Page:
The Green Hydrogen Landscape is Taking Shape- How to Navigate It

For sectors with hard-to-abate emissions, green hydrogen and its derivatives have become the silver bullet for decarbonization efforts. While the hydrogen supply landscape is still in its infancy, it is gaining momentum, driving corporates to seize the early opportunity. In this piece, we’ll delve into the challenges of procuring green hydrogen and explore potential solutions to unlocking its full potential.

Europe leads the way in green hydrogen adoption

Green hydrogen’s uptick has been strengthened by the EU’s efforts to clarify its definition, coupled with the initiation of a subsidy program for hydrogen producers through the European Hydrogen Bank. Regulatory pressures, such as the recent Renewable Energy Directive (RED III), further emphasize urgency for corporations by setting clear targets for the industry and transport sectors, including aviation and maritime. Infrastructure development is also accelerating to meet demand, with European grid planning already underway.

The frontrunners leveraging hydrogen for decarbonization

In high-emission sectors like Industry and Transport, including chemicals, steel, iron, fertilizer, and long-haul transport, green hydrogen unlocks new paths to reducing scope 1 carbon emissions. First movers are already well on their way; Total Energies and ThyssenKrupp have announced first corporate hydrogen tenders scaling up their efforts to source large volumes of clean hydrogen (more than 100,000 tons per year) to accelerate their decarbonization journey.

Snapshot: Sector Insights

The industrial sector is the world’s largest consumer of energy, contributing to approximately 38% of the overall global final energy consumption according to latest IEA World Energy Outlook 2023. The vast majority of these energy needs are met by coal, natural gas and oil derivatives, causing enormous greenhouse gas emissions.

The transport sector is responsible for 26% of total final energy consumption, where despite the uptake of electric vehicles, fossil fuel-powered vehicles, ships and aircrafts are still predominant. 

It’s clear that something has to change as we strive for a more sustainable.

Our view: the 4 major challenges facing green hydrogen

The emerging green hydrogen market is still illiquid and volatile, and procurement is linked with a range of challenges, including:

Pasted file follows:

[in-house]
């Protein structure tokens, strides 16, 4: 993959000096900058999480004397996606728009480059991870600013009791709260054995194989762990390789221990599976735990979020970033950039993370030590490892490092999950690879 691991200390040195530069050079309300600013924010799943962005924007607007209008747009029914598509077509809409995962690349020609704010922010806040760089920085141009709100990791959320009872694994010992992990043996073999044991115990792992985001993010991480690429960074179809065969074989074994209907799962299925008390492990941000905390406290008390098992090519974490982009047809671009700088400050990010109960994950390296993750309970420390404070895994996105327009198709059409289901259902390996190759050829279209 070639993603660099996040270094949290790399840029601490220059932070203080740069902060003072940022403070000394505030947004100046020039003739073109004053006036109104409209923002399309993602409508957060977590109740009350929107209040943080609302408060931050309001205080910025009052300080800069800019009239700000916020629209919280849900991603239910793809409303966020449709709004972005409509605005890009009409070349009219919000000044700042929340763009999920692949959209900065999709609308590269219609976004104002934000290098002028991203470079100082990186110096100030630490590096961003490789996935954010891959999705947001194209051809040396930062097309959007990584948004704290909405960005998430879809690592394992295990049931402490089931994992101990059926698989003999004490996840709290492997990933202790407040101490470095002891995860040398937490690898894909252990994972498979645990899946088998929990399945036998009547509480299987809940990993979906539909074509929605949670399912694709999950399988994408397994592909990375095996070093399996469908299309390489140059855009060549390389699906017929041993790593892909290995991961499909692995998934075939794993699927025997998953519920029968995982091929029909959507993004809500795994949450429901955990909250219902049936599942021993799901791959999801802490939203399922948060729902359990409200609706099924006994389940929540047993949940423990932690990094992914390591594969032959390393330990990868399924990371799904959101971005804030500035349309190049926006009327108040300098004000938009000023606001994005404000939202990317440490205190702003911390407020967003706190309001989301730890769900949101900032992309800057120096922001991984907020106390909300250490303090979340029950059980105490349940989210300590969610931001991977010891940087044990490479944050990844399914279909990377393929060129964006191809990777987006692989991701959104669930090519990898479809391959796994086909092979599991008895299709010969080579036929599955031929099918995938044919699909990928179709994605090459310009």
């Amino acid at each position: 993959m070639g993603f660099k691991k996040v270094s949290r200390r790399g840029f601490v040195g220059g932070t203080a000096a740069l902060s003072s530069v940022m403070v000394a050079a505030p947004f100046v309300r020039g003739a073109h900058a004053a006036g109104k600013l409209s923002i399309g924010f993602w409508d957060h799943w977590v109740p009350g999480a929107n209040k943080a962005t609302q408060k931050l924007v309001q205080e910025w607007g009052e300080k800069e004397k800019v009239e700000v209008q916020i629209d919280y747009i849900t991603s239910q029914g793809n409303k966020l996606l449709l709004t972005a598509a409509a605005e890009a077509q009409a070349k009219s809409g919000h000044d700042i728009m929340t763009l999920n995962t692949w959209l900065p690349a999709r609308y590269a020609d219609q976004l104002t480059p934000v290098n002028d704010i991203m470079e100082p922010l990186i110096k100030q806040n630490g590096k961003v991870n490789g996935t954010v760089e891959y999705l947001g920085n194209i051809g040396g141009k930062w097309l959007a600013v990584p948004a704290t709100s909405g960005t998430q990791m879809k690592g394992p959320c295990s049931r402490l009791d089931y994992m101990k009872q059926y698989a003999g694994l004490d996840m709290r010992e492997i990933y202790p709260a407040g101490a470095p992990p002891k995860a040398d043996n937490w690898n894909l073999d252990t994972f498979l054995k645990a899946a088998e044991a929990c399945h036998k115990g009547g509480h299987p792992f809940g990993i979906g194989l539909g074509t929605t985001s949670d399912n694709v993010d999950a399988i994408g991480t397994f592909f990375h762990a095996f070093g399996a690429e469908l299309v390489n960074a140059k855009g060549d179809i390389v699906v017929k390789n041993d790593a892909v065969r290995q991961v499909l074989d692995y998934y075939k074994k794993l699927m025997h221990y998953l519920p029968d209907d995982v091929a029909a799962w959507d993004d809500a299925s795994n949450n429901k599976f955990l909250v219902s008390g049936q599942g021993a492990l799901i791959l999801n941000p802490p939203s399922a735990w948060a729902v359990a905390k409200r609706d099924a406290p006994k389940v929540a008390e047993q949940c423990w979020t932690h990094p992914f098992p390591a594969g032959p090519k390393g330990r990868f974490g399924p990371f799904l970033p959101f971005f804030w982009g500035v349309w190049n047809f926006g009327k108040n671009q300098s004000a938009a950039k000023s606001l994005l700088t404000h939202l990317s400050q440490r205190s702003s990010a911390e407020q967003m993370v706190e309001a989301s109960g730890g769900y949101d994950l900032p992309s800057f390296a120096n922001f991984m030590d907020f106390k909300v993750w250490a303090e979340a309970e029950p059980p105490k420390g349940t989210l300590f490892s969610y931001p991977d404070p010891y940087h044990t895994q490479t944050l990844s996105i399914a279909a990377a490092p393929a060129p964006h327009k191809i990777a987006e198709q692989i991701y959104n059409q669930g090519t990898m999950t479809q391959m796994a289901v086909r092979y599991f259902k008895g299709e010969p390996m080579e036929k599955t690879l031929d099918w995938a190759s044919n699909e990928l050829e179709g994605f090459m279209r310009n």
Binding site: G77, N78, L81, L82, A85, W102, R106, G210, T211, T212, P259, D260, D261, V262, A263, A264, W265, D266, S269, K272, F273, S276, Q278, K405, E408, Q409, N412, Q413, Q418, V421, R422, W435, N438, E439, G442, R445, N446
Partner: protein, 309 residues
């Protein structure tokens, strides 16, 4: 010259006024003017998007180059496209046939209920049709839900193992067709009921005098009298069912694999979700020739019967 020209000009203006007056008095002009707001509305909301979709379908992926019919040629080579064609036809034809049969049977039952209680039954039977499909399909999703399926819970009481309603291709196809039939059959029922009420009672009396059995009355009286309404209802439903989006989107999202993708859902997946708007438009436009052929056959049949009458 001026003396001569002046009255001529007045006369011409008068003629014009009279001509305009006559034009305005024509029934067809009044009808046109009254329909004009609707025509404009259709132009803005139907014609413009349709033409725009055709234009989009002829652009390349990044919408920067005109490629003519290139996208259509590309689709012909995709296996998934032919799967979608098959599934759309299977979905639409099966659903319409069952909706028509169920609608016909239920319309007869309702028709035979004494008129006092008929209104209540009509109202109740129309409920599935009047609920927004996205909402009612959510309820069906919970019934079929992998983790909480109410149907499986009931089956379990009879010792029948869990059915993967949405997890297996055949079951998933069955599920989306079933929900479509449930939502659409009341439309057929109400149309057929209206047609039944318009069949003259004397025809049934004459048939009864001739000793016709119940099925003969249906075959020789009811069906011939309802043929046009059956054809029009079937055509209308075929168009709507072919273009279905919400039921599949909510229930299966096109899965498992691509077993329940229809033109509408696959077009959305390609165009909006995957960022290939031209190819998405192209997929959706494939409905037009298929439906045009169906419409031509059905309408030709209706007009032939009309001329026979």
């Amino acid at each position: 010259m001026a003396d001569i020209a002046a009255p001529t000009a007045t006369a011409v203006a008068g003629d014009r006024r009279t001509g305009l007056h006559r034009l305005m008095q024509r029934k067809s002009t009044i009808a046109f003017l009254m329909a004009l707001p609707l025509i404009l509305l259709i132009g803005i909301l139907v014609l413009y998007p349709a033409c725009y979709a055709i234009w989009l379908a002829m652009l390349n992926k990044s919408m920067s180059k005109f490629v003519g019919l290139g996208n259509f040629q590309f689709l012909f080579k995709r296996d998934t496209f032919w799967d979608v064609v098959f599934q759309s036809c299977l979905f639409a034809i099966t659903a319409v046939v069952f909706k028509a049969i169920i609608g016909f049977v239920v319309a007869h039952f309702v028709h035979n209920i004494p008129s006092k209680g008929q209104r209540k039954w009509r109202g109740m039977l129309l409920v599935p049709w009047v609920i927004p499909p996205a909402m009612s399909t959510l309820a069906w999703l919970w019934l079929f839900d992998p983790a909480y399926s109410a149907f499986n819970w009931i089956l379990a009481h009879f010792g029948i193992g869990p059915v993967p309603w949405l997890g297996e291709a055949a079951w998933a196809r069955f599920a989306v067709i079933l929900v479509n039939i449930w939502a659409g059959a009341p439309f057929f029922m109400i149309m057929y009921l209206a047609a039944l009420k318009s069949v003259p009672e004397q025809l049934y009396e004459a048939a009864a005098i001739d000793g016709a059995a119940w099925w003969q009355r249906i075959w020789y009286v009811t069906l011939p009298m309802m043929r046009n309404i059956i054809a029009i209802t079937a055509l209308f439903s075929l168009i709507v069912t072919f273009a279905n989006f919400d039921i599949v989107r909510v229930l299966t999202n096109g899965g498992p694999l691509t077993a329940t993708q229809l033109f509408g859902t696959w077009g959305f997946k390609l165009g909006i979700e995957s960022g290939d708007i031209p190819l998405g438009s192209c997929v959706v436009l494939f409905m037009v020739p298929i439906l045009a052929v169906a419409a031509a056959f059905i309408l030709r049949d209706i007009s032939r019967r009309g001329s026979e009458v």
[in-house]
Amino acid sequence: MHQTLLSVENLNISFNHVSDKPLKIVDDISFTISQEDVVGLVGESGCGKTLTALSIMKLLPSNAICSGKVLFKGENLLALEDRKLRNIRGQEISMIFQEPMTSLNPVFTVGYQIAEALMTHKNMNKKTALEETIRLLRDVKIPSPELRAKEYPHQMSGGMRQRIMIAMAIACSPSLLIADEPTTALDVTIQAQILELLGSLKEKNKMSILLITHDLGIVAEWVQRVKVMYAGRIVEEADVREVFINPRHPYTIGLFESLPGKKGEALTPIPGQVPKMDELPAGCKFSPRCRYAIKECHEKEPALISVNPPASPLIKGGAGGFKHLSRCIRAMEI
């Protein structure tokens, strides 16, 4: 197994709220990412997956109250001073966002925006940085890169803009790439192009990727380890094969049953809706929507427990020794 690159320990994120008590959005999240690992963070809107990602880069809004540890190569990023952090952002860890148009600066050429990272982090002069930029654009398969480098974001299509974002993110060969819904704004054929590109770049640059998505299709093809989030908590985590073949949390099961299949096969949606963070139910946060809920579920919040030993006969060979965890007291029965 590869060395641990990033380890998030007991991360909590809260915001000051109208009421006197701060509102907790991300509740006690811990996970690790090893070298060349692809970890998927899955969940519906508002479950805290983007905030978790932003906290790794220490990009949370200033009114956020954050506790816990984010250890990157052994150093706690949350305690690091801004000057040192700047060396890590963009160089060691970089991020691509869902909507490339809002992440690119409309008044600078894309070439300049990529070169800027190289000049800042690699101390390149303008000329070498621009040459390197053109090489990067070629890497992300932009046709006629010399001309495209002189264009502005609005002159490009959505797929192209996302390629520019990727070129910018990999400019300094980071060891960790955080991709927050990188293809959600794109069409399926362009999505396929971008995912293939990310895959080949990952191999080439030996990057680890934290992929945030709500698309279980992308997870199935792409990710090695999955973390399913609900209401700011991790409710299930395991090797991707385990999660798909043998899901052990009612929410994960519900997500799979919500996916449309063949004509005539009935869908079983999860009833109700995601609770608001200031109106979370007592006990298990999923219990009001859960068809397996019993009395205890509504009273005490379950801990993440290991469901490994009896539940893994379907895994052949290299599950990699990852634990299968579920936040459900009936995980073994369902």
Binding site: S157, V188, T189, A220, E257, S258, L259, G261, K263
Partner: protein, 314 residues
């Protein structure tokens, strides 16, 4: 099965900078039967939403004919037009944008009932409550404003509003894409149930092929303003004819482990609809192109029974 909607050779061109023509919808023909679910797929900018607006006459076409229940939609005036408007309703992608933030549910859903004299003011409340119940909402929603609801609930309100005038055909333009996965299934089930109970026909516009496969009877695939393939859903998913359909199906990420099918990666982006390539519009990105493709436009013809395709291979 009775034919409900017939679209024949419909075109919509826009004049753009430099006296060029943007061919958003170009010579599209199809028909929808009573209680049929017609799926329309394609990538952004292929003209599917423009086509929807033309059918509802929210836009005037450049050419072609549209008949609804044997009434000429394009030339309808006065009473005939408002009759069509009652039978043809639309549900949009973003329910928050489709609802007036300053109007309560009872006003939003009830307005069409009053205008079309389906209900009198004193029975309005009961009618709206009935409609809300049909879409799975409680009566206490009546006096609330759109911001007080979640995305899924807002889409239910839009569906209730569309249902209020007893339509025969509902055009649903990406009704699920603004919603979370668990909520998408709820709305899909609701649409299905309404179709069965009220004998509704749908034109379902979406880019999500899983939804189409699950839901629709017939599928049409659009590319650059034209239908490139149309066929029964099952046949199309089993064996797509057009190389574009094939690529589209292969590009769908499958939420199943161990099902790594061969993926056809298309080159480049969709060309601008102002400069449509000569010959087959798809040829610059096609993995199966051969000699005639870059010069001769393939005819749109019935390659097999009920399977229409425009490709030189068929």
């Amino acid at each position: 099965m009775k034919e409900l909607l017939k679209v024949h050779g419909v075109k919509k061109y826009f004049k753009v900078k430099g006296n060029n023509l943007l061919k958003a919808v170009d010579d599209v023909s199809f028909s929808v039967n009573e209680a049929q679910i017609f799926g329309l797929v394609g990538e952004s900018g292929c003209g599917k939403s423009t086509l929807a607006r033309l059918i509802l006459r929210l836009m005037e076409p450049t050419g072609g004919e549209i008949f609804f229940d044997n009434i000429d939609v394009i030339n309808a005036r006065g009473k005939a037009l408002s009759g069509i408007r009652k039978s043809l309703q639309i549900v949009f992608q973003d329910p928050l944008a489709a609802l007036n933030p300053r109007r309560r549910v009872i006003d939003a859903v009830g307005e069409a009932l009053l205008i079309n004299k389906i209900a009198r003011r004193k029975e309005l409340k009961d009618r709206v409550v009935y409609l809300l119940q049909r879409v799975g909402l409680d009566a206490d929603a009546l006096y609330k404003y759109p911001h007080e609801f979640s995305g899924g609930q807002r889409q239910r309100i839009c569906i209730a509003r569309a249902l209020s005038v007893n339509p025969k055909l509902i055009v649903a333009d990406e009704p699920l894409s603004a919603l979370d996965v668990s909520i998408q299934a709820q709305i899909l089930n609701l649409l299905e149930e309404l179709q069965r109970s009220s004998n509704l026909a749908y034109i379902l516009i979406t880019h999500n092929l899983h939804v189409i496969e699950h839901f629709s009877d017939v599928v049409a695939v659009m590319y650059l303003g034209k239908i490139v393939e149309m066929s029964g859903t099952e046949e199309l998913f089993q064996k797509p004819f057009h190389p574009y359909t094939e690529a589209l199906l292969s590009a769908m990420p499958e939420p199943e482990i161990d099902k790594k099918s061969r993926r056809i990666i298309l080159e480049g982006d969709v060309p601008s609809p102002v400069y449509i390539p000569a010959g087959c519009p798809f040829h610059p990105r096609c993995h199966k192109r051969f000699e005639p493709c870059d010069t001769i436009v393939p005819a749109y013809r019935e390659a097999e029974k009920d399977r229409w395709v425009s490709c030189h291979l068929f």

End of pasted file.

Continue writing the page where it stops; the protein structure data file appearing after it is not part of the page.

1. Uncertain sourcing success

Despite numerous electrolyzer projects progressing past the feasibility stage, uncertainty persists regarding which projects will materialize and the associated hydrogen pricing. Making such projects bankable will require long-term subsidies and offtake agreements. Compounding the uncertainty is the possibility of delays or unexpected changes in the development of the grid infrastructure, which could impact the timing for the transition.

2. Price risk

While green hydrogen costs were initially expected to fall below 3 EUR/kg, an increase in equipment prices and interest rates (among other reasons) has led to recent production costs ranging between 5 EUR/kg to 8 EUR/kg. While uncertainty on prices can be mitigated to some extent using subsidies, there remains a high price risk for corporates when entering into agreements, an important hurdle to overcome if corporates want to benefit from future cost decreases.

3. Delivery profile and consumption profile alignment

Due to the EU’s criteria on temporal correlation between renewable energy plants and electrolyzer operations, it will be difficult for hydrogen producers to supply the baseload-like hydrogen profiles that are often required for many processes.

4. Lack of market standards

Unlike the Power Purchase Agreement (PPA) market there are still no established market standards; nothing is formalized in terms of delivery and price structures, or tenor and contract templates. It is likely that a combination of instruments will arise from PPA and LNG contracts, however the lack of blueprint means risks need to be carefully managed — especially in case of long-term Hydrogen Purchase Agreements (HPA).

Making the most of the green hydrogen opportunity

For many corporates in hard-to-abate sectors, meeting emissions reduction targets demands action now. Here’s what is needed to drive progress in the green hydrogen transaction:


  • Extensive expertise in navigating the rapidly evolving overall renewable energy market given the numerous interdependencies.
  • Staying informed about recent developments and opportunities in the green hydrogen sector — this is especially important for large industrial corporates, which need to adequately prepare in order to capitalize on opportunities.
  • In-depth knowledge of regulatory compliance and subsidy programs.
  • Developing a tailored corporate hydrogen strategy outlining timelines, volumes, expected costs, and other key factors.
  • Conducting structured tender processes to secure competitive bids, especially in a non-liquid market like hydrogen, and negotiate contracts effectively.

Did you know?

 act renewable is proud to support ambitious corporations on their decarbonization journey, including developing a hydrogen strategy and procurement for a client that is responsible for 1% of Germany’s emissions.

Could green hydrogen unlock your emissions reduction potential? Connect with to learn more.

-Felix Fink

Renewable Energy Strategy Consultant

get in touch

Need assistance in other RE topics? Reach out to the team for support:

Title here
Thank you for signing up
to our Insights.
Click here to download